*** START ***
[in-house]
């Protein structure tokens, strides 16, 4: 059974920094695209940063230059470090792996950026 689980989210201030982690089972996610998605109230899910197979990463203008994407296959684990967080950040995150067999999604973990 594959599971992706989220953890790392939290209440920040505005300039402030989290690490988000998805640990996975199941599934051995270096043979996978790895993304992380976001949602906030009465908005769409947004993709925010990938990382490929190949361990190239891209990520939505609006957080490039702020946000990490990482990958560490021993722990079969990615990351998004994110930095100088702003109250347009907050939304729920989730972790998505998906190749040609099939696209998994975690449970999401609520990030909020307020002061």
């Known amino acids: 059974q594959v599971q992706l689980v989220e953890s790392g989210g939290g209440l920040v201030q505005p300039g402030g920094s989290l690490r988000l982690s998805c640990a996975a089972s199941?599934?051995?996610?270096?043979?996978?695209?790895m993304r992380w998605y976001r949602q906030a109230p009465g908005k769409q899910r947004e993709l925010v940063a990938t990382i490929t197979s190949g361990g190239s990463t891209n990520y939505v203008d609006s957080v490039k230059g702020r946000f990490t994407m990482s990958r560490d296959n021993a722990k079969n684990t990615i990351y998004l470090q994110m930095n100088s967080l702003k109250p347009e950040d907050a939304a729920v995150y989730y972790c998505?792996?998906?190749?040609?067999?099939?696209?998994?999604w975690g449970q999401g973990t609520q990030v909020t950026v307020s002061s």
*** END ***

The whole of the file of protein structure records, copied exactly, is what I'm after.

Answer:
[in-house]
């Protein structure tokens, strides 16, 4: 059974920094695209940063230059470090792996950026 689980989210201030982690089972996610998605109230899910197979990463203008994407296959684990967080950040995150067999999604973990 594959599971992706989220953890790392939290209440920040505005300039402030989290690490988000998805640990996975199941599934051995270096043979996978790895993304992380976001949602906030009465908005769409947004993709925010990938990382490929190949361990190239891209990520939505609006957080490039702020946000990490990482990958560490021993722990079969990615990351998004994110930095100088702003109250347009907050939304729920989730972790998505998906190749040609099939696209998994975690449970999401609520990030909020307020002061």
């Known amino acids: 059974q594959v599971q992706l689980v989220e953890s790392g989210g939290g209440l920040v201030q505005p300039g402030g920094s989290l690490r988000l982690s998805c640990a996975a089972s199941?599934?051995?996610?270096?043979?996978?695209?790895m993304r992380w998605y976001r949602q906030a109230p009465g908005k769409q899910r947004e993709l925010v940063a990938t990382i490929t197979s190949g361990g190239s990463t891209n990520y939505v203008d609006s957080v490039k230059g702020r946000f990490t994407m990482s990958r560490d296959n021993a722990k079969n684990t990615i990351y998004l470090q994110m930095n100088s967080l702003k109250p347009e950040d907050a939304a729920v995150y989730y972790c998505?792996?998906?190749?040609?067999?099939?696209?998994?999604w975690g449970q999401g973990t609520q990030v909020t950026v307020s002061s």